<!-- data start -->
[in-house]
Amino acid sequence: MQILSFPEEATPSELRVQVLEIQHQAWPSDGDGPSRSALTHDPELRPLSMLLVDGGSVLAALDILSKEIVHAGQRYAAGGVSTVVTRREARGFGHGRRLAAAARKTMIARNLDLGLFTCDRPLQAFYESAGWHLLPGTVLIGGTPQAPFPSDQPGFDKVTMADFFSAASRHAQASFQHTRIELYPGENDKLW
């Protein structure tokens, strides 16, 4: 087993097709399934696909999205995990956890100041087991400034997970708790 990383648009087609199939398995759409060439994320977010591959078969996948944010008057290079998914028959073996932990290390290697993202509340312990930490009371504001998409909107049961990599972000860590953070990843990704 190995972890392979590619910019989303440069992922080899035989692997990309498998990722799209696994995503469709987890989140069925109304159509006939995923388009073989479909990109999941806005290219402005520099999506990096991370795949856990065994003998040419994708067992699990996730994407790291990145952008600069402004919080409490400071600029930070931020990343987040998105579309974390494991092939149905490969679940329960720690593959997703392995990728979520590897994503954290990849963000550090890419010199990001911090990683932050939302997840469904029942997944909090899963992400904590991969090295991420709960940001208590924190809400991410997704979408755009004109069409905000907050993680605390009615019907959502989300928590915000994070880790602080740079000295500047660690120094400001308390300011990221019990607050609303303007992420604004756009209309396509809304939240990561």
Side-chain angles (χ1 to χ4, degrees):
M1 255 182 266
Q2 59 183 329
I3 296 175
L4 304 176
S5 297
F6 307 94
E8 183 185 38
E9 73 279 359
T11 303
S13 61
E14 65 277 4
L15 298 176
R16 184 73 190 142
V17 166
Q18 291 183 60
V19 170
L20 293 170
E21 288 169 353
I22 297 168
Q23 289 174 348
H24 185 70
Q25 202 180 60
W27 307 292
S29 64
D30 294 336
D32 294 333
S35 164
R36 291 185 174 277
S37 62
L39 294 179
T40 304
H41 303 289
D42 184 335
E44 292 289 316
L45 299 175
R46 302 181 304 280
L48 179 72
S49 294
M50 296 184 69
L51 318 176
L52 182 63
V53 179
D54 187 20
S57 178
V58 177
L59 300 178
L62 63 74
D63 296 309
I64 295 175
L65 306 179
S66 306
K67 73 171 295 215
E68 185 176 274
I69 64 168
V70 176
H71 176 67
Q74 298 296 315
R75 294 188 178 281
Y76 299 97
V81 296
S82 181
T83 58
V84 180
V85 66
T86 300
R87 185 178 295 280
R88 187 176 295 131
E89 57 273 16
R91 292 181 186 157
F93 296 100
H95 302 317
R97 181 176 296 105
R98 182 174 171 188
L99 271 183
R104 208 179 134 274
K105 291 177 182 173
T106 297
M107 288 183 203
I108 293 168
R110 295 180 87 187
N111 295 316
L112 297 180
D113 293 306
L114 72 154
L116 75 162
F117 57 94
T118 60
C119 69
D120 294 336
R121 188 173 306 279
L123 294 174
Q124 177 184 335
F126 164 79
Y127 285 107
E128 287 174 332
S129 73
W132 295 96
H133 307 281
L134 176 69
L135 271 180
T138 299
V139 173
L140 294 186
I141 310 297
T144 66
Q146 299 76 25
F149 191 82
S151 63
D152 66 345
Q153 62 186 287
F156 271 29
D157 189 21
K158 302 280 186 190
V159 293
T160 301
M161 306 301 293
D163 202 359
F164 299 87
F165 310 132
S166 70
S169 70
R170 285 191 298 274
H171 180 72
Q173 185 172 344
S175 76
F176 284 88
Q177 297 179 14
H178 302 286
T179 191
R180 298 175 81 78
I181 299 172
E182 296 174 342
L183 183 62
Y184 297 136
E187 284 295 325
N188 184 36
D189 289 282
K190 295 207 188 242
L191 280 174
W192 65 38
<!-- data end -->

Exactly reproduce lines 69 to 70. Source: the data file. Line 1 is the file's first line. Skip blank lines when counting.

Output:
T86 300
R87 185 178 295 280